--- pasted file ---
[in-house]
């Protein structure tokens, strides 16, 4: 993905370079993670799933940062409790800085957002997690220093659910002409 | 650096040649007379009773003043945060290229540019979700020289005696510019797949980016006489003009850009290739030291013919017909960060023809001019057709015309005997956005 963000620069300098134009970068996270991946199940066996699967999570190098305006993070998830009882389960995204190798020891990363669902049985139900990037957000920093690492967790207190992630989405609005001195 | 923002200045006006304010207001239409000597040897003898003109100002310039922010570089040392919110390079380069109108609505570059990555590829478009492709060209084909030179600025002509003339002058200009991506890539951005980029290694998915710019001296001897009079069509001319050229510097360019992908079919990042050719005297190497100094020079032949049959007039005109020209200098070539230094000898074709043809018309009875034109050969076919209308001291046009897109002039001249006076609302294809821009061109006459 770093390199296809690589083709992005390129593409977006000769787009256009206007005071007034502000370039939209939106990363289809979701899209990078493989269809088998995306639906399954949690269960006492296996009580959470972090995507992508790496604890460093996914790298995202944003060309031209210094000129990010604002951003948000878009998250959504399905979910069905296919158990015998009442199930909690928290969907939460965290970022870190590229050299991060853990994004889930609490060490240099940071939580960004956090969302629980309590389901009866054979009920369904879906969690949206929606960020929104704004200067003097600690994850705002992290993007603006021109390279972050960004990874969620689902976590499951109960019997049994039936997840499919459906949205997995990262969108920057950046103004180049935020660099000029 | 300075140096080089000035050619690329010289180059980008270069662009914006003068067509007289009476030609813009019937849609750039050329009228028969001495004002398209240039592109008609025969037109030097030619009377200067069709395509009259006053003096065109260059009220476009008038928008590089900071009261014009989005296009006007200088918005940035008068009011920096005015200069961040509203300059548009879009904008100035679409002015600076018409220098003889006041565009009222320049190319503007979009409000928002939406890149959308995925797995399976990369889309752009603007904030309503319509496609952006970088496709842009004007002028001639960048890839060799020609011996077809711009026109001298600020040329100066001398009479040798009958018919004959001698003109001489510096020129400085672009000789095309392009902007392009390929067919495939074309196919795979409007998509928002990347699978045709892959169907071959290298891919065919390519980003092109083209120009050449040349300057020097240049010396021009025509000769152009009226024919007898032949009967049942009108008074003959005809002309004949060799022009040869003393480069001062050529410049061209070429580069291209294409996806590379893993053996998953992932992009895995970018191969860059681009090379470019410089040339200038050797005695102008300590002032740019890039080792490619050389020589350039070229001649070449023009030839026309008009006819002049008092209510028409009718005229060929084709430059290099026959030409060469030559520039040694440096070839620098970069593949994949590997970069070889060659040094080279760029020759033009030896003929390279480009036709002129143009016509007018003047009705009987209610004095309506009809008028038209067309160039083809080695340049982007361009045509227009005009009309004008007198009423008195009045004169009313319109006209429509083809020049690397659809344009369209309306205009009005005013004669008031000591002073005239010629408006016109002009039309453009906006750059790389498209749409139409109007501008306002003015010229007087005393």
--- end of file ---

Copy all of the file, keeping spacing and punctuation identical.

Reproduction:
[in-house]
């Protein structure tokens, strides 16, 4: 993905370079993670799933940062409790800085957002997690220093659910002409 | 650096040649007379009773003043945060290229540019979700020289005696510019797949980016006489003009850009290739030291013919017909960060023809001019057709015309005997956005 963000620069300098134009970068996270991946199940066996699967999570190098305006993070998830009882389960995204190798020891990363669902049985139900990037957000920093690492967790207190992630989405609005001195 | 923002200045006006304010207001239409000597040897003898003109100002310039922010570089040392919110390079380069109108609505570059990555590829478009492709060209084909030179600025002509003339002058200009991506890539951005980029290694998915710019001296001897009079069509001319050229510097360019992908079919990042050719005297190497100094020079032949049959007039005109020209200098070539230094000898074709043809018309009875034109050969076919209308001291046009897109002039001249006076609302294809821009061109006459 770093390199296809690589083709992005390129593409977006000769787009256009206007005071007034502000370039939209939106990363289809979701899209990078493989269809088998995306639906399954949690269960006492296996009580959470972090995507992508790496604890460093996914790298995202944003060309031209210094000129990010604002951003948000878009998250959504399905979910069905296919158990015998009442199930909690928290969907939460965290970022870190590229050299991060853990994004889930609490060490240099940071939580960004956090969302629980309590389901009866054979009920369904879906969690949206929606960020929104704004200067003097600690994850705002992290993007603006021109390279972050960004990874969620689902976590499951109960019997049994039936997840499919459906949205997995990262969108920057950046103004180049935020660099000029 | 300075140096080089000035050619690329010289180059980008270069662009914006003068067509007289009476030609813009019937849609750039050329009228028969001495004002398209240039592109008609025969037109030097030619009377200067069709395509009259006053003096065109260059009220476009008038928008590089900071009261014009989005296009006007200088918005940035008068009011920096005015200069961040509203300059548009879009904008100035679409002015600076018409220098003889006041565009009222320049190319503007979009409000928002939406890149959308995925797995399976990369889309752009603007904030309503319509496609952006970088496709842009004007002028001639960048890839060799020609011996077809711009026109001298600020040329100066001398009479040798009958018919004959001698003109001489510096020129400085672009000789095309392009902007392009390929067919495939074309196919795979409007998509928002990347699978045709892959169907071959290298891919065919390519980003092109083209120009050449040349300057020097240049010396021009025509000769152009009226024919007898032949009967049942009108008074003959005809002309004949060799022009040869003393480069001062050529410049061209070429580069291209294409996806590379893993053996998953992932992009895995970018191969860059681009090379470019410089040339200038050797005695102008300590002032740019890039080792490619050389020589350039070229001649070449023009030839026309008009006819002049008092209510028409009718005229060929084709430059290099026959030409060469030559520039040694440096070839620098970069593949994949590997970069070889060659040094080279760029020759033009030896003929390279480009036709002129143009016509007018003047009705009987209610004095309506009809008028038209067309160039083809080695340049982007361009045509227009005009009309004008007198009423008195009045004169009313319109006209429509083809020049690397659809344009369209309306205009009005005013004669008031000591002073005239010629408006016109002009039309453009906006750059790389498209749409139409109007501008306002003015010229007087005393």